Indigenous Spokesman Intercepted at Ukraine Airport Enroute to UN World Conference
NADIR BEKIR’S TAXI INTERCEPTED BY 4 MASKED MEN AS HE ATTEMPTS TO ATTEND UN WCIP
Dr. Nadir Bekir, my dear brother and one, if not the most vocal International Indigenous Rights Advocate for the Crimean Tatar Peoples, was riding in a taxi towards the airport at Kiev, Ukraine, as he began his journey towards New York City to attend the World Conference on Indigenous Peoples at the United Nations, when the car was intercepted by a minibus. Four masked men jumped out, opened the car door and pulled Nadir to the ground. He offered no resistance. The masked men searched his belongings and took his mobile phone and his passport, even making a comment when they found and perused through his passport, at which point they hopped in the minibus again and left.
Nadir went to the police to file a report. It took over two hours, yet no attempt was made to go look for the attackers. Interestlngly, this was not a “typical robbery”, they took no money or belongings other than the mobile phone and his passport (which seems to be what they were truly looking for).
READ MORE HERE: http://t.co/8DVwXSMlzN
Hoka! Coffee Company: Indigenous from the Ground to the Cup by Matt Remle
To support the Hoka! Coffee Companies campaign to put their coffee on wheels with a Mobile Coffee Shop go to: https://www.indiegogo.com/projects/hoka-coffee-mobile-coffee-shop
Organizing for Change, Embracing Strategies and the Power of Local Elections by: Matt Remle
For nearly twenty years, I’ve been involved in community organizing. I have worked on a myriad of issues ranging from environmental and economic justice to indigenous rights and tribal sovereignty. Along the way, I have had the opportunity to meet and work with incredible people from all walks of life and from all corners of the world. I’ve been blessed to work with individuals, and communities, that carried with them a deep love for their communities, future generations, and Mother Earth. These individuals worked on different issues and in different capacities ranging from grassroots and direct action organizers to tribal and elected officials.
Along the way, I have developed a healthy respect and appreciation towards the different philosophies and strategies people take towards working for justice and towards the issues they choose to work on and are passionate about.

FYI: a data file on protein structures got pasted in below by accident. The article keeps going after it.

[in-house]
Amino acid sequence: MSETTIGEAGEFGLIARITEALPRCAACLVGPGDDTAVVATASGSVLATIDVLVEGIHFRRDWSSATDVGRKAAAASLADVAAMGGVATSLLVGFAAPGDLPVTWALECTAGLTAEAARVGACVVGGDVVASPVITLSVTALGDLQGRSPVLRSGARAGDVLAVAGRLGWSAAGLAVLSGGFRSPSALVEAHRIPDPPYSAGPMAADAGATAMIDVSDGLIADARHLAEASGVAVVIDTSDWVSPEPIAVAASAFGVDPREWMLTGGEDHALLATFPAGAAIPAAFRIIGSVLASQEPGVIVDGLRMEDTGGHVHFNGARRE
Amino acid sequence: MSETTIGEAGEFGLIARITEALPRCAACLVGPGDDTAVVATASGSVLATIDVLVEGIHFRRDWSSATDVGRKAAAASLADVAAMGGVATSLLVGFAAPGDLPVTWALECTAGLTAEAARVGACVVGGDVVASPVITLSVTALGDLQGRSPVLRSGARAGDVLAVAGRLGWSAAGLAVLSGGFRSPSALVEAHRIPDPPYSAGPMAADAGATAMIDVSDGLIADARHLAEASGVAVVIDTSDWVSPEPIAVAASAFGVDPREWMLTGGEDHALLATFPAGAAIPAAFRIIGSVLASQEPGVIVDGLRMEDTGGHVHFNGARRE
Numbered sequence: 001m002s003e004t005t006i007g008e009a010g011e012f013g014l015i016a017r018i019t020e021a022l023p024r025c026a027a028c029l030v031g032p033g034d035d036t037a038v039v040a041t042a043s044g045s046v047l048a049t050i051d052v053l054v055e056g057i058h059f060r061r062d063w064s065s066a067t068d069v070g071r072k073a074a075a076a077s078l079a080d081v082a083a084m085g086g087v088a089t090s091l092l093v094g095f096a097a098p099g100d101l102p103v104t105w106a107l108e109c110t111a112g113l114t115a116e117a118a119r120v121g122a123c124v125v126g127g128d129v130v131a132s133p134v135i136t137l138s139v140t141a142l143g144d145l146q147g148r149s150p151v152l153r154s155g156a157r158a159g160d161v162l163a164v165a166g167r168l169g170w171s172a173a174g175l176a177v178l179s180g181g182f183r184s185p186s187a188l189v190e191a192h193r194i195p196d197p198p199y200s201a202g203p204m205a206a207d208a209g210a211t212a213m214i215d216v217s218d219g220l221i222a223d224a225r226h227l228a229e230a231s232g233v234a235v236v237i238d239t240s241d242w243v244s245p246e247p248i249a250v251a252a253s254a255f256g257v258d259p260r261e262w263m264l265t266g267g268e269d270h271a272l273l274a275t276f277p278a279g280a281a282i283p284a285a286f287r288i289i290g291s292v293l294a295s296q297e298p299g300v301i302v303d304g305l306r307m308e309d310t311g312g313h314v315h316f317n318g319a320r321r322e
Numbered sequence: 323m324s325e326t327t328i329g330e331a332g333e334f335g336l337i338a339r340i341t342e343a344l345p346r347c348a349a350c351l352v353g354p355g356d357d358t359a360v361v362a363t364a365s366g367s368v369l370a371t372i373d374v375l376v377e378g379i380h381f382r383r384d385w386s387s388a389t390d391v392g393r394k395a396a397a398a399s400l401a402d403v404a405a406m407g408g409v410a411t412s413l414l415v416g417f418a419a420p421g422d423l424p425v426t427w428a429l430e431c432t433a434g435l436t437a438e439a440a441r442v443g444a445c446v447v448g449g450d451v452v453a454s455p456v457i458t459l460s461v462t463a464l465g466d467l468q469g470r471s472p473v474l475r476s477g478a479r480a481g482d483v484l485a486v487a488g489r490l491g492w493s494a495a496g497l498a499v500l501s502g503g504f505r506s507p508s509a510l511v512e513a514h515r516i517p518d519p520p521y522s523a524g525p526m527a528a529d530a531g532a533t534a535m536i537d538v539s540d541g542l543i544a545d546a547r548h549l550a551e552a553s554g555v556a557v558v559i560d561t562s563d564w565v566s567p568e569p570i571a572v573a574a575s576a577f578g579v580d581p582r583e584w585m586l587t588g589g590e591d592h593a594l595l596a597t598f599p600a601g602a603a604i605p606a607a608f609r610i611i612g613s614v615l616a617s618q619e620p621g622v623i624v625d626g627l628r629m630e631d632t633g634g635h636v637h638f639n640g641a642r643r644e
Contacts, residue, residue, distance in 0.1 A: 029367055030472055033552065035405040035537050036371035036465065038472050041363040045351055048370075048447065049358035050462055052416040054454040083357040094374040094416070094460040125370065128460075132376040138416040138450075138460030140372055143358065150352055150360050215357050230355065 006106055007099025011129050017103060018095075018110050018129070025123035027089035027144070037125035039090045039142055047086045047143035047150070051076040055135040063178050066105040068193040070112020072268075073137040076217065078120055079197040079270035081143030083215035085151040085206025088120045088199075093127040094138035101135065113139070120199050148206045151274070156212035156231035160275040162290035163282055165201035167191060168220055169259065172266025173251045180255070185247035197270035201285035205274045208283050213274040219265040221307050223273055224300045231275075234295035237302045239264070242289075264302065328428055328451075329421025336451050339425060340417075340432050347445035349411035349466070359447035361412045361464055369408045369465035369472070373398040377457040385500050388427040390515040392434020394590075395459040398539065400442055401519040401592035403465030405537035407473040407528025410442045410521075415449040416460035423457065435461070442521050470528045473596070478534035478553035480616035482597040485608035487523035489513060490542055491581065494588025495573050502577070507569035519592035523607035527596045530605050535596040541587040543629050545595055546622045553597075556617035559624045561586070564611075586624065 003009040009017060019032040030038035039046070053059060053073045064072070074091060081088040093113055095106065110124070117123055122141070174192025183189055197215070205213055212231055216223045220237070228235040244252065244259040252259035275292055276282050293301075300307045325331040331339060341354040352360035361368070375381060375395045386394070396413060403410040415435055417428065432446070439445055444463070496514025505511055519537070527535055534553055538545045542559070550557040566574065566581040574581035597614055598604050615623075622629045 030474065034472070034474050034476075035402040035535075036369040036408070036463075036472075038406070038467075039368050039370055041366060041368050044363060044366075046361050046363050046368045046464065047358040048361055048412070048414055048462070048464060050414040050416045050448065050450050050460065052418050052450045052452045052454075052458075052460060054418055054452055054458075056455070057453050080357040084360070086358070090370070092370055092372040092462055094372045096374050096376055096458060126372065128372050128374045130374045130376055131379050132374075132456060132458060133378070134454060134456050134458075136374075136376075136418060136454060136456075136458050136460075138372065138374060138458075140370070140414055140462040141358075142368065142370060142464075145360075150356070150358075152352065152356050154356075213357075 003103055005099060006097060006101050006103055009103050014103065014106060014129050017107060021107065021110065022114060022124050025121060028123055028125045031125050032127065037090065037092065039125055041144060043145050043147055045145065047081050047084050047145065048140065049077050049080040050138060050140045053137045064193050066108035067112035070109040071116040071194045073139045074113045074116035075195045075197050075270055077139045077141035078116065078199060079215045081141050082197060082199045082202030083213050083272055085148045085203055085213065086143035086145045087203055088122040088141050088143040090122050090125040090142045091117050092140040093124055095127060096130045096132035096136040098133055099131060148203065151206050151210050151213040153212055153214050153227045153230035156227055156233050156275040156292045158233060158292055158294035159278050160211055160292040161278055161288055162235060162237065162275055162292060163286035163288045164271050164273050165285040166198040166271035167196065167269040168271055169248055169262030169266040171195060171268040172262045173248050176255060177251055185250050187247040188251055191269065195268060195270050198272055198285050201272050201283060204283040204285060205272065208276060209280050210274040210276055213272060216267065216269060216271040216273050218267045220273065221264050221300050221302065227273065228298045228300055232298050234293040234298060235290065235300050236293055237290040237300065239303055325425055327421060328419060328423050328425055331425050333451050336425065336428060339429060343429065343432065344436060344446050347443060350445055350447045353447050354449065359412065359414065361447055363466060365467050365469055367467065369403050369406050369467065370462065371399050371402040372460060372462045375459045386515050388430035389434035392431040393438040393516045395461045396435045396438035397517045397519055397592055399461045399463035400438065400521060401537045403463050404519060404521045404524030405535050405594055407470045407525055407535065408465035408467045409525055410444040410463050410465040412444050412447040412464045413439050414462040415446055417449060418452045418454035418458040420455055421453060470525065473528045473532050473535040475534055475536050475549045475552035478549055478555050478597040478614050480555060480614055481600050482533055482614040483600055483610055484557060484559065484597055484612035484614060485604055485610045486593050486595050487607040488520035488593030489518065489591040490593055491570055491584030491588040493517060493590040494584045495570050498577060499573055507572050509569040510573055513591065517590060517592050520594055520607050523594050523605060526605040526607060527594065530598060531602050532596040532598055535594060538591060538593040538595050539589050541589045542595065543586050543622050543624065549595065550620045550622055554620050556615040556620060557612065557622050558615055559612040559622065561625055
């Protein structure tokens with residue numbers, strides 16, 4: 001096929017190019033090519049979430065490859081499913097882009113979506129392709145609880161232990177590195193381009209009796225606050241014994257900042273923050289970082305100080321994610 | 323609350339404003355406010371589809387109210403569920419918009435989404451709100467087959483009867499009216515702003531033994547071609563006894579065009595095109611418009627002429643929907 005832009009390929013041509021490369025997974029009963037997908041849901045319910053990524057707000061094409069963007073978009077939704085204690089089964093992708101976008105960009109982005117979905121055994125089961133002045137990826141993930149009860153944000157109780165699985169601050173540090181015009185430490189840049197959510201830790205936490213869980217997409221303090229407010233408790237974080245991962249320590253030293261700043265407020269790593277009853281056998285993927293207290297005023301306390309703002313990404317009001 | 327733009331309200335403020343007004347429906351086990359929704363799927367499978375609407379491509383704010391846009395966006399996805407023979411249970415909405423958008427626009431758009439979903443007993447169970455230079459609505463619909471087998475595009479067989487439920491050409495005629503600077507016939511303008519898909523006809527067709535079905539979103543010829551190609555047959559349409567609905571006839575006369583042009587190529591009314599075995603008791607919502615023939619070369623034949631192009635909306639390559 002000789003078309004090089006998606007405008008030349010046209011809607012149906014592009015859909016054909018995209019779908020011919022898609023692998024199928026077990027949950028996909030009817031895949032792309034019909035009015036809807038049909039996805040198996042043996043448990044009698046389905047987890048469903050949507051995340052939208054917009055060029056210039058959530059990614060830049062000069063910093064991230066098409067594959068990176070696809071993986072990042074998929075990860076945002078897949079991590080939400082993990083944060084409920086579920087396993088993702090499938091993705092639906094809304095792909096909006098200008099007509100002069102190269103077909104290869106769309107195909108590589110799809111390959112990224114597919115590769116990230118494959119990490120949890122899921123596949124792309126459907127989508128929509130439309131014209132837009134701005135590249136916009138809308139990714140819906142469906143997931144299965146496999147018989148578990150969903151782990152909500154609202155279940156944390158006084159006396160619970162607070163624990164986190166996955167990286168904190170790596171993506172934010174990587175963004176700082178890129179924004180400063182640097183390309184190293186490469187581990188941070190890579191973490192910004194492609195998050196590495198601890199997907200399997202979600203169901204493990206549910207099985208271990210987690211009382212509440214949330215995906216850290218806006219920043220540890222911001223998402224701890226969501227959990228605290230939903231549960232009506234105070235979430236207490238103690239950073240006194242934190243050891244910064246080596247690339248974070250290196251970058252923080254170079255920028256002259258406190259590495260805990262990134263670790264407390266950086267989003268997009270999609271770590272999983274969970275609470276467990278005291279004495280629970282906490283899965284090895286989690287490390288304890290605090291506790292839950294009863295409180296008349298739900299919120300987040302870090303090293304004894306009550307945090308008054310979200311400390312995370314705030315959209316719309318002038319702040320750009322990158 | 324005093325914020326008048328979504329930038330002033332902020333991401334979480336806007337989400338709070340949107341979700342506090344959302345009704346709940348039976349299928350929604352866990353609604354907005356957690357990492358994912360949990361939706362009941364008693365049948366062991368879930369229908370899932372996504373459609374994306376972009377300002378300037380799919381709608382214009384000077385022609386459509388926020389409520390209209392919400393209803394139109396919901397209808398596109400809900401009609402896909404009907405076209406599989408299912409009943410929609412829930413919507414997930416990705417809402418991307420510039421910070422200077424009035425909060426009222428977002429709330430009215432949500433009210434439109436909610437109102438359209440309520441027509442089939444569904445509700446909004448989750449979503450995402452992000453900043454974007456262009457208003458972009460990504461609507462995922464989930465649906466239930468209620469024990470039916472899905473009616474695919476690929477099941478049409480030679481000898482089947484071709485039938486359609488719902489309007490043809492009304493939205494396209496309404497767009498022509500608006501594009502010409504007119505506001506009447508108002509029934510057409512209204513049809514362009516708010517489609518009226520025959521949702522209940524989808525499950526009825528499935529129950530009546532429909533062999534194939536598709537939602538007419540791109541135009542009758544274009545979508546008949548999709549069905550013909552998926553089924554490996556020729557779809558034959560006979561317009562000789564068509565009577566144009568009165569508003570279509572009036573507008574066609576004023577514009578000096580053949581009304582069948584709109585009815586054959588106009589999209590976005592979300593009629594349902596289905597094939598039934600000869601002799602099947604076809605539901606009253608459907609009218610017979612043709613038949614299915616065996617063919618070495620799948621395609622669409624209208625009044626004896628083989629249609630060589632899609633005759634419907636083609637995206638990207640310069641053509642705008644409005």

MHA Nation Election Pivotal for #Fracking
Those are the final candidates for the office of Chairman of the Mandan Hidatsa and Arikara Nation. Indian Country is watching this year’s Tribal elections because the MHA Nation sits in the middle of the Bakken formation and their leaders have adopted the slogan “Sovereignty by the Barrel” -a reference to the #Fracking of shale oil bringing record profits to a few of the Tribal Nation, buffering the coffers of the Tribal Council, Spilling poisonous #Frack fluid into the Missouri River at times and endangering the surface and ground water supply of the entire State of North Dakota, and those sister Tribes downstream including the Standing Rock and Cheyenne River Sioux Tribes.
The Tribal nation made news recently for a very significant oil spill as well as declaring several candidates ineligible for Tuesday’s primary election for various reasons including Edmund Baker, the Environmental Protection Director who was shut out of and denied access to information about the aftermath of the most recent Crestwood spill.
Last Real Indians reached out to MHA Nation Council candidate Wendi Wells, excluded from this election, for comment regarding the importance of the Sept. 15, 2014 Tribal Primary Election.
Aboriginal Peoples Choice Awards and the Corporate ‘REDWASH’ Agenda – An Open Letter by Clayton Thomas-Muller
Dear Indigenous Peoples Movement,
We need to talk (again) about a serious issue threatening our livelihood and our collective inherit and treaty rights known as corporate sponsorship and the ‘REDWASH’ agenda [of our artistic and education institutions]
Last night the Aboriginal Peoples Choice Awards (APCA) happened in my hometown of Winnipeg, Manitoba and some of our brightest artists and their work were recognized.
The APCA show was sponsored by some of of the biggest violators of Indigenous/Treaty Rights in this country, here is a short list of these corporate criminals:
Transcanda Pipeline Corporations (Grand Rapids Mother Pipeline-Alberta, KXL-USA, Energy East-Alberta to New Brunswick pipelines)
Enbridge (Northern Gateway, Great Lakes Pipelines, Line9-Ontario-Main, Alberta Clipper-Minnesota)
Manitoba Hydro (Mega Hydro Expansion-Northern Manitoba)
Royal Bank of Canada (biggest financier of destructive fossil fuel and mining development in Canada most notably tar sands and associated pipelines.)
The Northern Company (food monopoly in northern Canada, price gouging, exploiting food deserts in First Nations Metis and Inuit communities)
Black Hills Unity Concert Tomorrow